Another factor in the growth in the ICO’s caseload could be the impact of monetary penalties, with organisations aware that the watchdog looks favourably on those that self-report breaches rather than try to hide them. Read more.
Local Government Lawyer | 5th February 2013
The Official Information Act will be extended to cover some aspects of how the courts work, but the Government has ignored calls for it to also cover Parliament.
It is also set to bring in new grounds for blocking the release of commercial information in response to recommendations from the Law Commission.
Justice Minister Judith Collins yesterday said the Government planned to press ahead with some of its key recommendations.
These included extending the freedom of information law to the administrative functions of the courts, including information about expenditure, resources and statistical information about cases. Read more.
Vernon Small | Stuff.co.nz | 5th February 2013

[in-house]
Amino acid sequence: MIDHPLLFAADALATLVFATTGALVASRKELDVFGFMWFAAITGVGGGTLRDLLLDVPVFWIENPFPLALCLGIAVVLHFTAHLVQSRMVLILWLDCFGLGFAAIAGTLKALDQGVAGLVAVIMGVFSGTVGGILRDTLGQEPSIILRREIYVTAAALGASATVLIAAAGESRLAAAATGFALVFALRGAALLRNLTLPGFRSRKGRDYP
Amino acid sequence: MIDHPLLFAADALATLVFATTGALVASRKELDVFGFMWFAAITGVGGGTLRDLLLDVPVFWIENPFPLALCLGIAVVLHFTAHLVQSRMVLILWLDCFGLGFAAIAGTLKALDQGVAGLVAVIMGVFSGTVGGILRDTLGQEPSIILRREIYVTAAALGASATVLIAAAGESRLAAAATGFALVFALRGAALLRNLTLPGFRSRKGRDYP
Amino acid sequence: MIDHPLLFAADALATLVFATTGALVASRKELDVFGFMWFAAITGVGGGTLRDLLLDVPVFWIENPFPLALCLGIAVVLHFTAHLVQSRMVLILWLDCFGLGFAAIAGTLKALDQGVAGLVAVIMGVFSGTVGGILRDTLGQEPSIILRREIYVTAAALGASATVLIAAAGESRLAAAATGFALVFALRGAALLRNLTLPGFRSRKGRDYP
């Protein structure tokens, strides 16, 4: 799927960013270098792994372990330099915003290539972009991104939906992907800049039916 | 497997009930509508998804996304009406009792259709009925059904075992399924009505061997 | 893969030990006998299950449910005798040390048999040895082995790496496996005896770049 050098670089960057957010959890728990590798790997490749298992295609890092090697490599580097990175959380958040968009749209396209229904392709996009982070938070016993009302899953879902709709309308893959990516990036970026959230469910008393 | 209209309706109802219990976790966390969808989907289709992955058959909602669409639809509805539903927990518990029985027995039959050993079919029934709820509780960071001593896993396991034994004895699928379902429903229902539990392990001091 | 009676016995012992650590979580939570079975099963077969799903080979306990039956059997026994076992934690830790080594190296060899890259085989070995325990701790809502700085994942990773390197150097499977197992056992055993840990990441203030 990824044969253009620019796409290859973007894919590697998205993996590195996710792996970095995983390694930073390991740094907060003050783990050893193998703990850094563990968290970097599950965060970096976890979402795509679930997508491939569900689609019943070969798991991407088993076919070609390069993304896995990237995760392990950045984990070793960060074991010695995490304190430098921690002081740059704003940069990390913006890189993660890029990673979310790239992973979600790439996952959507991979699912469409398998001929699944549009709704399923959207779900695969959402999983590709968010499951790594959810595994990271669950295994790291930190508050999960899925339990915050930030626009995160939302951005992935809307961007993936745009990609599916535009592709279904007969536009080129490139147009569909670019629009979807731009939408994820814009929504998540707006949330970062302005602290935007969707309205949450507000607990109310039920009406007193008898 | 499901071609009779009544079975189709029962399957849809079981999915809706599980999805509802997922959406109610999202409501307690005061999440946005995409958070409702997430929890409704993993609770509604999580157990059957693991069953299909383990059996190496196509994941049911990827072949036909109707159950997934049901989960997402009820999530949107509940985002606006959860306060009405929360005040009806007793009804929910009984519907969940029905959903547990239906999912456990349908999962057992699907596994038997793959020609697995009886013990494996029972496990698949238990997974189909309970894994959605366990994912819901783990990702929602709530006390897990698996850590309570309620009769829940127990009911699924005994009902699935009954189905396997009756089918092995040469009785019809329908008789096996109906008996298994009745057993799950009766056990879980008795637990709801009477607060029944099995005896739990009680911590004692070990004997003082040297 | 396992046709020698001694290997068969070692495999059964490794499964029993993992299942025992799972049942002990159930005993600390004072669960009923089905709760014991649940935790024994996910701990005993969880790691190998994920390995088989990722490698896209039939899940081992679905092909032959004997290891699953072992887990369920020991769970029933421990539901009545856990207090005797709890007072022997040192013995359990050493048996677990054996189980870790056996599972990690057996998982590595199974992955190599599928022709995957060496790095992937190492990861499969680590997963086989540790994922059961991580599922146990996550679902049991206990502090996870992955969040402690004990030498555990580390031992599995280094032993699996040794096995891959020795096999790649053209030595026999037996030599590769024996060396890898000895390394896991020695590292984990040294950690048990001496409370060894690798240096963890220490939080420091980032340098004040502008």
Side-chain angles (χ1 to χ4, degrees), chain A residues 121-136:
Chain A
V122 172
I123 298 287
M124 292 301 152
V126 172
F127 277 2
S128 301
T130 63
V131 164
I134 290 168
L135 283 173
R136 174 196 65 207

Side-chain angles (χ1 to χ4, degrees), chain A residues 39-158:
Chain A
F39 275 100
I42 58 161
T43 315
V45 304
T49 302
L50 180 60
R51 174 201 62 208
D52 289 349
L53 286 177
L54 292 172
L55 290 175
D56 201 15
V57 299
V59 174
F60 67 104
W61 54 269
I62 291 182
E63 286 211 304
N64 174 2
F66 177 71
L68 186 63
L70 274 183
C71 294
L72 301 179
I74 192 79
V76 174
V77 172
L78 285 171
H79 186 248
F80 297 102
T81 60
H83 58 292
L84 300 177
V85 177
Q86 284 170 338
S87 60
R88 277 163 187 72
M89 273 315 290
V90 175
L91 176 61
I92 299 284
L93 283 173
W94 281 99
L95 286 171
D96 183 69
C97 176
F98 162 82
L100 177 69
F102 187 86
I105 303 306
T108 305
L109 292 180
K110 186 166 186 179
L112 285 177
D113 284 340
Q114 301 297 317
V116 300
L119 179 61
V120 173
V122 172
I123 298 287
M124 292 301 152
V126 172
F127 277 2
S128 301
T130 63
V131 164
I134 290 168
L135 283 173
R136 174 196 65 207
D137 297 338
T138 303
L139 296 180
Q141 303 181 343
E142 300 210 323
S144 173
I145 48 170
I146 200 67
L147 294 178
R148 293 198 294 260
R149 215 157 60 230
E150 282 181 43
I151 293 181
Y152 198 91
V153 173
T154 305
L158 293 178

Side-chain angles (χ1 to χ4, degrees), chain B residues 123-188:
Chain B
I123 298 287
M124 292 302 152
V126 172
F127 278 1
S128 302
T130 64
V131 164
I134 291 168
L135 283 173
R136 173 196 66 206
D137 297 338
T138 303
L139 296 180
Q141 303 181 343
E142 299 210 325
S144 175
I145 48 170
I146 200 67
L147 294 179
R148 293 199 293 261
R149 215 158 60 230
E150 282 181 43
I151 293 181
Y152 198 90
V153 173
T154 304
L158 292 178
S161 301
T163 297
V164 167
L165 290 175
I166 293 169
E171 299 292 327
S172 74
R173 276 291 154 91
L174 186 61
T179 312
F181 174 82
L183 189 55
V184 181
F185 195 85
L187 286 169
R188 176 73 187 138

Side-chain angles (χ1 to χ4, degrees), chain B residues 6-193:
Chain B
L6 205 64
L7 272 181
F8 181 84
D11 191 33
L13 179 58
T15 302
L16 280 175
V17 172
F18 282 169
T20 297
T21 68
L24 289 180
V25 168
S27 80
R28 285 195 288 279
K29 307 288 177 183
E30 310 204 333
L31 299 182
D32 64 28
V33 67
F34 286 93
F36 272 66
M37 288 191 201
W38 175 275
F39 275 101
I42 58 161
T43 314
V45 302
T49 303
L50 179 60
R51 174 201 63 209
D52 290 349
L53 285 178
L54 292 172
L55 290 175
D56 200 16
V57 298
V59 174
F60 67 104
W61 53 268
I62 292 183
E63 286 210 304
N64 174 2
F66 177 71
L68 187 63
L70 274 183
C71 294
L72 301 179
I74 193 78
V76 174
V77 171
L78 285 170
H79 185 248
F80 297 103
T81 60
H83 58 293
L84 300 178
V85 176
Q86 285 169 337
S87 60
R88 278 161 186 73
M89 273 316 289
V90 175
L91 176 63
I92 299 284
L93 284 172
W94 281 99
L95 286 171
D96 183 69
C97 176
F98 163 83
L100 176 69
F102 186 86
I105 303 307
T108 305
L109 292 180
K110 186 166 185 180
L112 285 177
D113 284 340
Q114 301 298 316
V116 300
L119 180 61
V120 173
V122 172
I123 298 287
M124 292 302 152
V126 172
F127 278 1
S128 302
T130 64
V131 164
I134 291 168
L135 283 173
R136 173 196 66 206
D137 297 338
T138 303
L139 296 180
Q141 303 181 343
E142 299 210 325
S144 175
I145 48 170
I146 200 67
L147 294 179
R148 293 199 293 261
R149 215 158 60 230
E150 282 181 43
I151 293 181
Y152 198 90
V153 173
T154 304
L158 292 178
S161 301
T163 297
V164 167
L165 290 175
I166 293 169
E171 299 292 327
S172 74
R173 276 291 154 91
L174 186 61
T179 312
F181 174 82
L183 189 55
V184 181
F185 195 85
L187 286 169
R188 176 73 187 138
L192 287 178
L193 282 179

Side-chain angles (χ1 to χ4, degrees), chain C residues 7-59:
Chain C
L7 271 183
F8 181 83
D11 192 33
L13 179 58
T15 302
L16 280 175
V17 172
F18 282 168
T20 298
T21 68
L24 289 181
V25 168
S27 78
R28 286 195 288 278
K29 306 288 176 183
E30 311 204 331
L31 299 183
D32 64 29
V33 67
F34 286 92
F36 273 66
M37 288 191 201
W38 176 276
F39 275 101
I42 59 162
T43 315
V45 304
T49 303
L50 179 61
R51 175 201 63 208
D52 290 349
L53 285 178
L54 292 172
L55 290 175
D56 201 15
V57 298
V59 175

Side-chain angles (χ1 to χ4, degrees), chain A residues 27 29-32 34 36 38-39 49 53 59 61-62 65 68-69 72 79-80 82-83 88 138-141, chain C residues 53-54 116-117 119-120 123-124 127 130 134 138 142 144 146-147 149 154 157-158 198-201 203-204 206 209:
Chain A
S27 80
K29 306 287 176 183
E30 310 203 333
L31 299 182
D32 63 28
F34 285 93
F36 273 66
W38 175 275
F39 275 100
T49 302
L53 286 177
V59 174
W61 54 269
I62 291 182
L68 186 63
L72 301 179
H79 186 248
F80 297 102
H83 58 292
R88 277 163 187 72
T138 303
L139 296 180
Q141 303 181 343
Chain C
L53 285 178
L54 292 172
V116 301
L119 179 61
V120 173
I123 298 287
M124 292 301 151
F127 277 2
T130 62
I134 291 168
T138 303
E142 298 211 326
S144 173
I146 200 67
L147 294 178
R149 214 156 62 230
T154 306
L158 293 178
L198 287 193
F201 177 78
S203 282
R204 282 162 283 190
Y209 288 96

Drop in school sport support blamed on funding cuts
On the eve of an Olympic Games that has promised to “inspire a generation of young people through sport”, research has indicated a 60% drop in the amount of time dedicated to organising school sport nationwide in the wake of government cuts.
The research, compiled by Labour through Freedom of Information requests to 150 top tier local authorities, shows there are now 110 fewer School Sport Partnerships – local networks of organised school sport – than there were before the cuts in 2009/10, a decline of 37%.
Almost half of local authorities (48%) recorded a decrease in the number of School Sport Partnerships, while 28% no longer have any
Owen Gobson | The Guardian | July 18th 2012
Information commissioner welcomes ‘step change’ in transparency
Christopher Graham, the information commissioner, heralds the coalition’s open data white paper as “a step change” in commitment to transparency in government and public services.
Among the aims outlined in the paper are easier access to public data, more standardised formatting and embedding a ‘presumption to publish’ most data. In Graham’s view, the document represents an extension of the progress made over a number of years with freedom of information.
“We don’t see open data as a replacement for freedom of information,” he explains. “You still need to have access to other information under freedom of information, email and reports and so on. There are two things together – data sets and the more traditional record – which lead to true openness. But on the whole, a big tick.”